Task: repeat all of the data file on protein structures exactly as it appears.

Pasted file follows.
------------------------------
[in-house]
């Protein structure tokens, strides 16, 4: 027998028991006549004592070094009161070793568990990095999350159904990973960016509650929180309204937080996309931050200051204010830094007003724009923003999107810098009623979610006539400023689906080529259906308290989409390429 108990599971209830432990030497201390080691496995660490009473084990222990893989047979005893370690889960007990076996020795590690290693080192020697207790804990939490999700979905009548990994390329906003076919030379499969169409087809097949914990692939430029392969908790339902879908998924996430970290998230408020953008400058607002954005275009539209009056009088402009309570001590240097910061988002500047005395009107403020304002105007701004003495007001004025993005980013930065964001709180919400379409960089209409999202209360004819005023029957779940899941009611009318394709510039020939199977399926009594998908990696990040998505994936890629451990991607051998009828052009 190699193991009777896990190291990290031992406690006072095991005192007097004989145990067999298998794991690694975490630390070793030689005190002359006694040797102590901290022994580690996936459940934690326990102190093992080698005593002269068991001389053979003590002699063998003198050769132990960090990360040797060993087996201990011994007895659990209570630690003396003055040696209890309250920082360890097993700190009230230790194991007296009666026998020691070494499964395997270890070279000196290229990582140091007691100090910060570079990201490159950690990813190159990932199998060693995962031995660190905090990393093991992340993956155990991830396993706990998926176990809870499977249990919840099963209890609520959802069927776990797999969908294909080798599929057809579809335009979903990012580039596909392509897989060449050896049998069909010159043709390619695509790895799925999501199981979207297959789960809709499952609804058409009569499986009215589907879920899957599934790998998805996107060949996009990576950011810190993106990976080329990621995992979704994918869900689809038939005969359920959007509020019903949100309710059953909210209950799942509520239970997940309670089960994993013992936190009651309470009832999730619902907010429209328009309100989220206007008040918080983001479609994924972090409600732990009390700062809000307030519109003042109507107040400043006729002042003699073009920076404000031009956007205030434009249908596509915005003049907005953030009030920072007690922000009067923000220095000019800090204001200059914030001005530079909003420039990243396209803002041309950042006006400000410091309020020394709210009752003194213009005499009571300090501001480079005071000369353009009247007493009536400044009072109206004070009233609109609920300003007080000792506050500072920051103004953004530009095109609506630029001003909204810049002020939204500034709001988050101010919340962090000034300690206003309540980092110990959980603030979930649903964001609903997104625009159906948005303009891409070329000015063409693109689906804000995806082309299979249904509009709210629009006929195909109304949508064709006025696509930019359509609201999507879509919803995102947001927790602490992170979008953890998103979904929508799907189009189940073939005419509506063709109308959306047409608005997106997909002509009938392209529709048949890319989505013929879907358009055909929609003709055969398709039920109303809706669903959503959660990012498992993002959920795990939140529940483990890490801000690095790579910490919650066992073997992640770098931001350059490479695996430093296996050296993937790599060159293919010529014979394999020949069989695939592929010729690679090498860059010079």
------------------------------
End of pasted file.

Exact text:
[in-house]
């Protein structure tokens, strides 16, 4: 027998028991006549004592070094009161070793568990990095999350159904990973960016509650929180309204937080996309931050200051204010830094007003724009923003999107810098009623979610006539400023689906080529259906308290989409390429 108990599971209830432990030497201390080691496995660490009473084990222990893989047979005893370690889960007990076996020795590690290693080192020697207790804990939490999700979905009548990994390329906003076919030379499969169409087809097949914990692939430029392969908790339902879908998924996430970290998230408020953008400058607002954005275009539209009056009088402009309570001590240097910061988002500047005395009107403020304002105007701004003495007001004025993005980013930065964001709180919400379409960089209409999202209360004819005023029957779940899941009611009318394709510039020939199977399926009594998908990696990040998505994936890629451990991607051998009828052009 190699193991009777896990190291990290031992406690006072095991005192007097004989145990067999298998794991690694975490630390070793030689005190002359006694040797102590901290022994580690996936459940934690326990102190093992080698005593002269068991001389053979003590002699063998003198050769132990960090990360040797060993087996201990011994007895659990209570630690003396003055040696209890309250920082360890097993700190009230230790194991007296009666026998020691070494499964395997270890070279000196290229990582140091007691100090910060570079990201490159950690990813190159990932199998060693995962031995660190905090990393093991992340993956155990991830396993706990998926176990809870499977249990919840099963209890609520959802069927776990797999969908294909080798599929057809579809335009979903990012580039596909392509897989060449050896049998069909010159043709390619695509790895799925999501199981979207297959789960809709499952609804058409009569499986009215589907879920899957599934790998998805996107060949996009990576950011810190993106990976080329990621995992979704994918869900689809038939005969359920959007509020019903949100309710059953909210209950799942509520239970997940309670089960994993013992936190009651309470009832999730619902907010429209328009309100989220206007008040918080983001479609994924972090409600732990009390700062809000307030519109003042109507107040400043006729002042003699073009920076404000031009956007205030434009249908596509915005003049907005953030009030920072007690922000009067923000220095000019800090204001200059914030001005530079909003420039990243396209803002041309950042006006400000410091309020020394709210009752003194213009005499009571300090501001480079005071000369353009009247007493009536400044009072109206004070009233609109609920300003007080000792506050500072920051103004953004530009095109609506630029001003909204810049002020939204500034709001988050101010919340962090000034300690206003309540980092110990959980603030979930649903964001609903997104625009159906948005303009891409070329000015063409693109689906804000995806082309299979249904509009709210629009006929195909109304949508064709006025696509930019359509609201999507879509919803995102947001927790602490992170979008953890998103979904929508799907189009189940073939005419509506063709109308959306047409608005997106997909002509009938392209529709048949890319989505013929879907358009055909929609003709055969398709039920109303809706669903959503959660990012498992993002959920795990939140529940483990890490801000690095790579910490919650066992073997992640770098931001350059490479695996430093296996050296993937790599060159293919010529014979394999020949069989695939592929010729690679090498860059010079």